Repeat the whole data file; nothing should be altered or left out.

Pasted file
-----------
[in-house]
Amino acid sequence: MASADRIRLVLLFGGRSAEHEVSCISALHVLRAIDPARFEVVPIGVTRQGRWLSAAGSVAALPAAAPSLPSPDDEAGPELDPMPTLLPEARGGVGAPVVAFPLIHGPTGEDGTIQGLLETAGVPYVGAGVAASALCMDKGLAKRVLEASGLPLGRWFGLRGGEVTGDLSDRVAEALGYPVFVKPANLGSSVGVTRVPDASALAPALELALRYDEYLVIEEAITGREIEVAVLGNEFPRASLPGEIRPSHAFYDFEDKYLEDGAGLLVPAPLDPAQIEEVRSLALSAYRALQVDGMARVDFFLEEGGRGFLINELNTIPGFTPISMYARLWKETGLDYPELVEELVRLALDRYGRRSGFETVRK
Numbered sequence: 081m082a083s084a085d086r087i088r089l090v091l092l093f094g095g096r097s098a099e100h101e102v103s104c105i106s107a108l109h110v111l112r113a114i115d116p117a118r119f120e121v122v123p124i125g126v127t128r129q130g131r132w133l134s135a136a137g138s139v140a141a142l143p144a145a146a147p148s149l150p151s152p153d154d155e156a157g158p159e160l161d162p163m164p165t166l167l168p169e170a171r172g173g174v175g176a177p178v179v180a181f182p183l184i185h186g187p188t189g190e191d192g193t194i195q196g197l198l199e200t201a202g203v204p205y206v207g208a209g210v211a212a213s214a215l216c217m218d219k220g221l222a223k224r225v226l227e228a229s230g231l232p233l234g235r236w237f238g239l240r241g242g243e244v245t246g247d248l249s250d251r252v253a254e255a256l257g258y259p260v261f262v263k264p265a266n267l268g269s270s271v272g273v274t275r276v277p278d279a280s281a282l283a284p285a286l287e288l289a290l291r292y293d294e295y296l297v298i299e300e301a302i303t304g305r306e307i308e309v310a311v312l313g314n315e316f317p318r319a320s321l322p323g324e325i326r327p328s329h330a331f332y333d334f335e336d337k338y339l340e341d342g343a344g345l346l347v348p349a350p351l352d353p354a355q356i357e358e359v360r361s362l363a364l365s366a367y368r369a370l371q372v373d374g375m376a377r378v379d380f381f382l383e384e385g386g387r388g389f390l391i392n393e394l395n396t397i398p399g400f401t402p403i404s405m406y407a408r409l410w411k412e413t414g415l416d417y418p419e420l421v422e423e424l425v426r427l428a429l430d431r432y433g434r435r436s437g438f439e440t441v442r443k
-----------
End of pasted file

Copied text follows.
[in-house]
Amino acid sequence: MASADRIRLVLLFGGRSAEHEVSCISALHVLRAIDPARFEVVPIGVTRQGRWLSAAGSVAALPAAAPSLPSPDDEAGPELDPMPTLLPEARGGVGAPVVAFPLIHGPTGEDGTIQGLLETAGVPYVGAGVAASALCMDKGLAKRVLEASGLPLGRWFGLRGGEVTGDLSDRVAEALGYPVFVKPANLGSSVGVTRVPDASALAPALELALRYDEYLVIEEAITGREIEVAVLGNEFPRASLPGEIRPSHAFYDFEDKYLEDGAGLLVPAPLDPAQIEEVRSLALSAYRALQVDGMARVDFFLEEGGRGFLINELNTIPGFTPISMYARLWKETGLDYPELVEELVRLALDRYGRRSGFETVRK
Numbered sequence: 081m082a083s084a085d086r087i088r089l090v091l092l093f094g095g096r097s098a099e100h101e102v103s104c105i106s107a108l109h110v111l112r113a114i115d116p117a118r119f120e121v122v123p124i125g126v127t128r129q130g131r132w133l134s135a136a137g138s139v140a141a142l143p144a145a146a147p148s149l150p151s152p153d154d155e156a157g158p159e160l161d162p163m164p165t166l167l168p169e170a171r172g173g174v175g176a177p178v179v180a181f182p183l184i185h186g187p188t189g190e191d192g193t194i195q196g197l198l199e200t201a202g203v204p205y206v207g208a209g210v211a212a213s214a215l216c217m218d219k220g221l222a223k224r225v226l227e228a229s230g231l232p233l234g235r236w237f238g239l240r241g242g243e244v245t246g247d248l249s250d251r252v253a254e255a256l257g258y259p260v261f262v263k264p265a266n267l268g269s270s271v272g273v274t275r276v277p278d279a280s281a282l283a284p285a286l287e288l289a290l291r292y293d294e295y296l297v298i299e300e301a302i303t304g305r306e307i308e309v310a311v312l313g314n315e316f317p318r319a320s321l322p323g324e325i326r327p328s329h330a331f332y333d334f335e336d337k338y339l340e341d342g343a344g345l346l347v348p349a350p351l352d353p354a355q356i357e358e359v360r361s362l363a364l365s366a367y368r369a370l371q372v373d374g375m376a377r378v379d380f381f382l383e384e385g386g387r388g389f390l391i392n393e394l395n396t397i398p399g400f401t402p403i404s405m406y407a408r409l410w411k412e413t414g415l416d417y418p419e420l421v422e423e424l425v426r427l428a429l430d431r432y433g434r435r436s437g438f439e440t441v442r443k